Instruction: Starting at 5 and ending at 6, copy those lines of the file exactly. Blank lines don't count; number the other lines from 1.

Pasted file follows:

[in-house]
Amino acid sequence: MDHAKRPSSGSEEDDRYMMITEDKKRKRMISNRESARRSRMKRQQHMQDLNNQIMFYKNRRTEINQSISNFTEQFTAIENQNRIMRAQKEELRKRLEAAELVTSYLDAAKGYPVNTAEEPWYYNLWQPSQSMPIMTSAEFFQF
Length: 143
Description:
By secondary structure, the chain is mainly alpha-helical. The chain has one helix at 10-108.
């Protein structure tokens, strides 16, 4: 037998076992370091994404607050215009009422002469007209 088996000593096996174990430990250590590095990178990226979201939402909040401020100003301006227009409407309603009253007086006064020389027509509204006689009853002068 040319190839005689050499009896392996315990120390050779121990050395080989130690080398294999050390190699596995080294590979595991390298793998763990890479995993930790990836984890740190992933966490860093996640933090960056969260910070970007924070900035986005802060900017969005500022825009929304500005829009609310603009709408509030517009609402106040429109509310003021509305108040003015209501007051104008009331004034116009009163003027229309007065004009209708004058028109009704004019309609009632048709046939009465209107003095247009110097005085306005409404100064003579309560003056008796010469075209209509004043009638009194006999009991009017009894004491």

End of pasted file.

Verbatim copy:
By secondary structure, the chain is mainly alpha-helical. The chain has one helix at 10-108.
């Protein structure tokens, strides 16, 4: 037998076992370091994404607050215009009422002469007209 088996000593096996174990430990250590590095990178990226979201939402909040401020100003301006227009409407309603009253007086006064020389027509509204006689009853002068 040319190839005689050499009896392996315990120390050779121990050395080989130690080398294999050390190699596995080294590979595991390298793998763990890479995993930790990836984890740190992933966490860093996640933090960056969260910070970007924070900035986005802060900017969005500022825009929304500005829009609310603009709408509030517009609402106040429109509310003021509305108040003015209501007051104008009331004034116009009163003027229309007065004009209708004058028109009704004019309609009632048709046939009465209107003095247009110097005085306005409404100064003579309560003056008796010469075209209509004043009638009194006999009991009017009894004491």